A draft concept for the Tinker Field memorial has finally been released by the City of Orlando. The draft concept is the subject of a community meeting tonight sponsored by Commissioner Regina Hill about historic Tinker Field. While many of the proposed features are positive, some will likely not be happy to see plans for only the small memorial, nor do they want to see any version of the old historic field in concrete. There are no other plans being released regarding the city’s use of the rest of the historic site, which the City Council defined as “2.3 acres of land and includes the described areas of the historic infield and outfield playing surface of Tinker Field,” in their ordinance.
The mini plaza plans only call for a 90 foot diameter, or 282 foot circumference. This will make the memorial a downsized version of the historic field, as 90 feet is the actual distance between bases on a traditional baseball diamond. The “History Plaza” area will have a colored concrete surface and the names of every Hall of Fame baseball player who played at Tinker Field. The names will be embedded in the concrete surface. It will sit along Tampa Avenue and the existing Citrus Bowl surface lots, not where the actual historic playing field was located.
In center outfield of the mini memorial, a “historic gateway” will welcome people to Tinker Field. Along the outfield, features of the proposed memorial would include a row of restored original stadium seats from the 1963 stadium, a restored Clark Giffith monument, a covered display area for 10-12 of the most historic events that took place at the field and a Tinker Field timeline covering from 1900 to 2015.
There are also plans for a Dr. Martin Luther King, Jr. monument. Perhaps one of Orlando’s most historical moments took place at Tinker Field when Dr. Martin Luther King, Jr. spoke from the pitcher’s mound in 1964 during his only visit to Orlando. There will also be plaques highlighting the other most significant historic events at Tinker Field.
The draft concept for History Plaza is at least a step in the right direction. Commissioner Patty Sheehan called a previous proposal for a Tinker Field memorial from the Orlando Venues a “weird baseball astroturf thing in the corner.” The Wells’ Built Museum of African American History is working with Commissioner Hill on the current memorial plans.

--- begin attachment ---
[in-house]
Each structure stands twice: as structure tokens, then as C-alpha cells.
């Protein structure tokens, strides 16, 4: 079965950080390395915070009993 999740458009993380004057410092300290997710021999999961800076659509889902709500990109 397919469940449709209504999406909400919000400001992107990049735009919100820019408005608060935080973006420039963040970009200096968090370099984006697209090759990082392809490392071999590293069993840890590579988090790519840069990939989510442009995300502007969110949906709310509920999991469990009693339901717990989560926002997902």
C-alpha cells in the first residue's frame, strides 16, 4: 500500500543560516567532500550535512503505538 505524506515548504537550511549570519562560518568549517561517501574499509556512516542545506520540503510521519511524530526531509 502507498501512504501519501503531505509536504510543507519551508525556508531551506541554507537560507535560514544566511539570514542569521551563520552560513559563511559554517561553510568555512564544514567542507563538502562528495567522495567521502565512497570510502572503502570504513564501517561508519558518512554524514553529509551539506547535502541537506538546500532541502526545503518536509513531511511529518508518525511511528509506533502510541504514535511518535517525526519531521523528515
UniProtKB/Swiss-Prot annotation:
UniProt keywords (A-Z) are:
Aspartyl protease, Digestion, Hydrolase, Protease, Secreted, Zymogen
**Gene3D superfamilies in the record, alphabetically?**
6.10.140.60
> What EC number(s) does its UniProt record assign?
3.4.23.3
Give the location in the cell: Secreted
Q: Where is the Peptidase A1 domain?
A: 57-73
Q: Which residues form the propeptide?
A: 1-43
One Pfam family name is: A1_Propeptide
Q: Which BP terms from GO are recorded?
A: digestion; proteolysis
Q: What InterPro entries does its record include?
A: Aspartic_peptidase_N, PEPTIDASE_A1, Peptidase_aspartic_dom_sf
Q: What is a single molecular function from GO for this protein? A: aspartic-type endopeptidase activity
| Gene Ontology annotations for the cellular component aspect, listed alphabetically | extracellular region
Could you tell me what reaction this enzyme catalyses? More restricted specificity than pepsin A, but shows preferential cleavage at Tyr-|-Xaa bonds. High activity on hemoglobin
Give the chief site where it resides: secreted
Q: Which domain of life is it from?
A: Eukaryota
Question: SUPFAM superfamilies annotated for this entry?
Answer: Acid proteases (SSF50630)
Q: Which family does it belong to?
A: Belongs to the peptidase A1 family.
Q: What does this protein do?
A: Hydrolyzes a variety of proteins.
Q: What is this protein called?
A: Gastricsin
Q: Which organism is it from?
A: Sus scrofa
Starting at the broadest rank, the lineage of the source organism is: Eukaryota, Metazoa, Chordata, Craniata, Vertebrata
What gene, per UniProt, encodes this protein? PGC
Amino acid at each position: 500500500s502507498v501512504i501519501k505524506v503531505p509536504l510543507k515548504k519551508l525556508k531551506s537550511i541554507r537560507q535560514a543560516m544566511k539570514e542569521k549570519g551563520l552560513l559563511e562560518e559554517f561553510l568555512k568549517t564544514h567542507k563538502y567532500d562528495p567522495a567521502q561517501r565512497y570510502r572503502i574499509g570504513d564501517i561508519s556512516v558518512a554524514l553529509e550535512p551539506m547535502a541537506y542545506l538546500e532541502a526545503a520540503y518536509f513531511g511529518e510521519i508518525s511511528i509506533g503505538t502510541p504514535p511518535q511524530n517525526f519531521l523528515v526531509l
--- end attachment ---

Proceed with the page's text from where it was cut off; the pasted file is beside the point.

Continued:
The City has not indicated their plans for the rest of the historic Tinker Field site outside of the new mini monument plans. This may remain a controversial point, as many people in the “Save Tinker Field” movement want to see baseball return to the historic field and they do not want anything resembling a gravestone for Tinker Field. The group successfully fought City Hall on plans to originally turn the original playing field into a paved parking lot. However, the City of Orlando has been using Tinker Field as a parking lot for Citrus Bowl events and even put a liquor bar on the historic pitcher’s mound during this year’s bowl games. These controversial activities on a historical landmark by the Orlando Venues will likely continue. Concerts and festivals will also continue to take place on top of the historic playing field.
Commissioner Hill’s community meeting regarding the proposed plans for Tinker Field is the second public meeting for the historic landmark, aiming to commemorate more than 100 years of history at the site. Check out the full draft concept for Tinker Field History Plaza below.
For a panorama, 360-degree view of historic Tinker Field prior to the city’s demolition, click here. I also previously proposed to City Commissioners and the Mayor a plan to keep Tinker Field as a living historical landmark.